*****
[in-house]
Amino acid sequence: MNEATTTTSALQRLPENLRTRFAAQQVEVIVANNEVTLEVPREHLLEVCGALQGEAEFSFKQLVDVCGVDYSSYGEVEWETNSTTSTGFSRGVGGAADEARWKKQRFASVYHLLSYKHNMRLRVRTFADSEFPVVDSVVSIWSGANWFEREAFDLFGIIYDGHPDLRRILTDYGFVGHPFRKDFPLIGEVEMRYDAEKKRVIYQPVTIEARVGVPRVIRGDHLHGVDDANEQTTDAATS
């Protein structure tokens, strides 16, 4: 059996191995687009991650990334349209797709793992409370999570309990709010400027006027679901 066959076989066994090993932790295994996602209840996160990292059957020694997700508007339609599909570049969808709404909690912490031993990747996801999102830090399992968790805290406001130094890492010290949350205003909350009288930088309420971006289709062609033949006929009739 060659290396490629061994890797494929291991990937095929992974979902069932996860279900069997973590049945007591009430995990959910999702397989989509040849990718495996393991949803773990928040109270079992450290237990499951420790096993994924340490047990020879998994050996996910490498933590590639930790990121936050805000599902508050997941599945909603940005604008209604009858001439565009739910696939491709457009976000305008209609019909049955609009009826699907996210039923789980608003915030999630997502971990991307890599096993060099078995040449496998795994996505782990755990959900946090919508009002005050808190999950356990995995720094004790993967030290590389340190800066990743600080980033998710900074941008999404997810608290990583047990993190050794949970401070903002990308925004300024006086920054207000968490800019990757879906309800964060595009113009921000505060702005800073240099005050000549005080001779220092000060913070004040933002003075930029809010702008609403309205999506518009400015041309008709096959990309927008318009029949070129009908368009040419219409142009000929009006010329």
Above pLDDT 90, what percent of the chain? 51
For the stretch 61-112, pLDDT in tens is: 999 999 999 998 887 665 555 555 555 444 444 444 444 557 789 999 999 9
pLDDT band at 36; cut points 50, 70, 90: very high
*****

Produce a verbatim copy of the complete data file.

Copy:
[in-house]
Amino acid sequence: MNEATTTTSALQRLPENLRTRFAAQQVEVIVANNEVTLEVPREHLLEVCGALQGEAEFSFKQLVDVCGVDYSSYGEVEWETNSTTSTGFSRGVGGAADEARWKKQRFASVYHLLSYKHNMRLRVRTFADSEFPVVDSVVSIWSGANWFEREAFDLFGIIYDGHPDLRRILTDYGFVGHPFRKDFPLIGEVEMRYDAEKKRVIYQPVTIEARVGVPRVIRGDHLHGVDDANEQTTDAATS
């Protein structure tokens, strides 16, 4: 059996191995687009991650990334349209797709793992409370999570309990709010400027006027679901 066959076989066994090993932790295994996602209840996160990292059957020694997700508007339609599909570049969808709404909690912490031993990747996801999102830090399992968790805290406001130094890492010290949350205003909350009288930088309420971006289709062609033949006929009739 060659290396490629061994890797494929291991990937095929992974979902069932996860279900069997973590049945007591009430995990959910999702397989989509040849990718495996393991949803773990928040109270079992450290237990499951420790096993994924340490047990020879998994050996996910490498933590590639930790990121936050805000599902508050997941599945909603940005604008209604009858001439565009739910696939491709457009976000305008209609019909049955609009009826699907996210039923789980608003915030999630997502971990991307890599096993060099078995040449496998795994996505782990755990959900946090919508009002005050808190999950356990995995720094004790993967030290590389340190800066990743600080980033998710900074941008999404997810608290990583047990993190050794949970401070903002990308925004300024006086920054207000968490800019990757879906309800964060595009113009921000505060702005800073240099005050000549005080001779220092000060913070004040933002003075930029809010702008609403309205999506518009400015041309008709096959990309927008318009029949070129009908368009040419219409142009000929009006010329």
Above pLDDT 90, what percent of the chain? 51
For the stretch 61-112, pLDDT in tens is: 999 999 999 998 887 665 555 555 555 444 444 444 444 557 789 999 999 9
pLDDT band at 36; cut points 50, 70, 90: very high